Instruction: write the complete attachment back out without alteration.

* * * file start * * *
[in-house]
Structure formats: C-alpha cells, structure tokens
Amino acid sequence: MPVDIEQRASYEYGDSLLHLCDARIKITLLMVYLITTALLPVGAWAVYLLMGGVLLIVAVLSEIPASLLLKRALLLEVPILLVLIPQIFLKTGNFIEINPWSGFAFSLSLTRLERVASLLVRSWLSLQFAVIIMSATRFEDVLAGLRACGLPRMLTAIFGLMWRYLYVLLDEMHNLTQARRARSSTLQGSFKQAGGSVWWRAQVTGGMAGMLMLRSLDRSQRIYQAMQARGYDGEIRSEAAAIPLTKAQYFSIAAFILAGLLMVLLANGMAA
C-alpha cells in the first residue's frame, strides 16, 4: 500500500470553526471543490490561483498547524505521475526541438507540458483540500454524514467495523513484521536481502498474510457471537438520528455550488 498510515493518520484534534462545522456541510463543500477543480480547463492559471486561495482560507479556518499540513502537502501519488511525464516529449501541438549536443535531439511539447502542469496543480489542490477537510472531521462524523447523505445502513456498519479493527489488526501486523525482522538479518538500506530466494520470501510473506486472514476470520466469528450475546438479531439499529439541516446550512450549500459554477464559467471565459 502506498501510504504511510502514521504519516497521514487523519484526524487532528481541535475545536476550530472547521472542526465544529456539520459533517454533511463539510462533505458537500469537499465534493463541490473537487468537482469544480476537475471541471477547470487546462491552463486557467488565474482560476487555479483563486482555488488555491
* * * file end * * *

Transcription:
[in-house]
Structure formats: C-alpha cells, structure tokens
Amino acid sequence: MPVDIEQRASYEYGDSLLHLCDARIKITLLMVYLITTALLPVGAWAVYLLMGGVLLIVAVLSEIPASLLLKRALLLEVPILLVLIPQIFLKTGNFIEINPWSGFAFSLSLTRLERVASLLVRSWLSLQFAVIIMSATRFEDVLAGLRACGLPRMLTAIFGLMWRYLYVLLDEMHNLTQARRARSSTLQGSFKQAGGSVWWRAQVTGGMAGMLMLRSLDRSQRIYQAMQARGYDGEIRSEAAAIPLTKAQYFSIAAFILAGLLMVLLANGMAA
C-alpha cells in the first residue's frame, strides 16, 4: 500500500470553526471543490490561483498547524505521475526541438507540458483540500454524514467495523513484521536481502498474510457471537438520528455550488 498510515493518520484534534462545522456541510463543500477543480480547463492559471486561495482560507479556518499540513502537502501519488511525464516529449501541438549536443535531439511539447502542469496543480489542490477537510472531521462524523447523505445502513456498519479493527489488526501486523525482522538479518538500506530466494520470501510473506486472514476470520466469528450475546438479531439499529439541516446550512450549500459554477464559467471565459 502506498501510504504511510502514521504519516497521514487523519484526524487532528481541535475545536476550530472547521472542526465544529456539520459533517454533511463539510462533505458537500469537499465534493463541490473537487468537482469544480476537475471541471477547470487546462491552463486557467488565474482560476487555479483563486482555488488555491